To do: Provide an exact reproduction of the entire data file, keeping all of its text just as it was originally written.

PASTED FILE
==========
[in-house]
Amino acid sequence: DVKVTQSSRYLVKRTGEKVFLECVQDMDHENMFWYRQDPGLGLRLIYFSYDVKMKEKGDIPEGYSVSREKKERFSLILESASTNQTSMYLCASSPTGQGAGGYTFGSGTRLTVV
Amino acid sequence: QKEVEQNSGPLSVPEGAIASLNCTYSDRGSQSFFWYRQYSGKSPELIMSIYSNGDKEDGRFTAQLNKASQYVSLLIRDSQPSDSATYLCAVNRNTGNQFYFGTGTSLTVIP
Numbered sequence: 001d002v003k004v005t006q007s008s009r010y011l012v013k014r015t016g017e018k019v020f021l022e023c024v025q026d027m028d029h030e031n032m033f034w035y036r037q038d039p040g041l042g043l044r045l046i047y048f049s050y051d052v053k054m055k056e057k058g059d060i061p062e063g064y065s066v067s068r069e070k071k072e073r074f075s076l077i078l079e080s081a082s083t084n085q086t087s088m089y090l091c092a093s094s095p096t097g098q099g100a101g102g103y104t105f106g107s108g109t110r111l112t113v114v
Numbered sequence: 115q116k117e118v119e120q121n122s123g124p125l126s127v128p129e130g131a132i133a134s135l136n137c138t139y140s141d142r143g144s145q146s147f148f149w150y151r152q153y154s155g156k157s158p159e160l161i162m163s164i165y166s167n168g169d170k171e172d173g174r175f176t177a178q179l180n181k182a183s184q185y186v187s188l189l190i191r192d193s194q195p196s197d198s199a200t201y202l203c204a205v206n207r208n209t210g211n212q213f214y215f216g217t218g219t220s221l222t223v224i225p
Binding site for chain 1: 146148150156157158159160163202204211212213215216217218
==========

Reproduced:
[in-house]
Amino acid sequence: DVKVTQSSRYLVKRTGEKVFLECVQDMDHENMFWYRQDPGLGLRLIYFSYDVKMKEKGDIPEGYSVSREKKERFSLILESASTNQTSMYLCASSPTGQGAGGYTFGSGTRLTVV
Amino acid sequence: QKEVEQNSGPLSVPEGAIASLNCTYSDRGSQSFFWYRQYSGKSPELIMSIYSNGDKEDGRFTAQLNKASQYVSLLIRDSQPSDSATYLCAVNRNTGNQFYFGTGTSLTVIP
Numbered sequence: 001d002v003k004v005t006q007s008s009r010y011l012v013k014r015t016g017e018k019v020f021l022e023c024v025q026d027m028d029h030e031n032m033f034w035y036r037q038d039p040g041l042g043l044r045l046i047y048f049s050y051d052v053k054m055k056e057k058g059d060i061p062e063g064y065s066v067s068r069e070k071k072e073r074f075s076l077i078l079e080s081a082s083t084n085q086t087s088m089y090l091c092a093s094s095p096t097g098q099g100a101g102g103y104t105f106g107s108g109t110r111l112t113v114v
Numbered sequence: 115q116k117e118v119e120q121n122s123g124p125l126s127v128p129e130g131a132i133a134s135l136n137c138t139y140s141d142r143g144s145q146s147f148f149w150y151r152q153y154s155g156k157s158p159e160l161i162m163s164i165y166s167n168g169d170k171e172d173g174r175f176t177a178q179l180n181k182a183s184q185y186v187s188l189l190i191r192d193s194q195p196s197d198s199a200t201y202l203c204a205v206n207r208n209t210g211n212q213f214y215f216g217t218g219t220s221l222t223v224i225p
Binding site for chain 1: 146148150156157158159160163202204211212213215216217218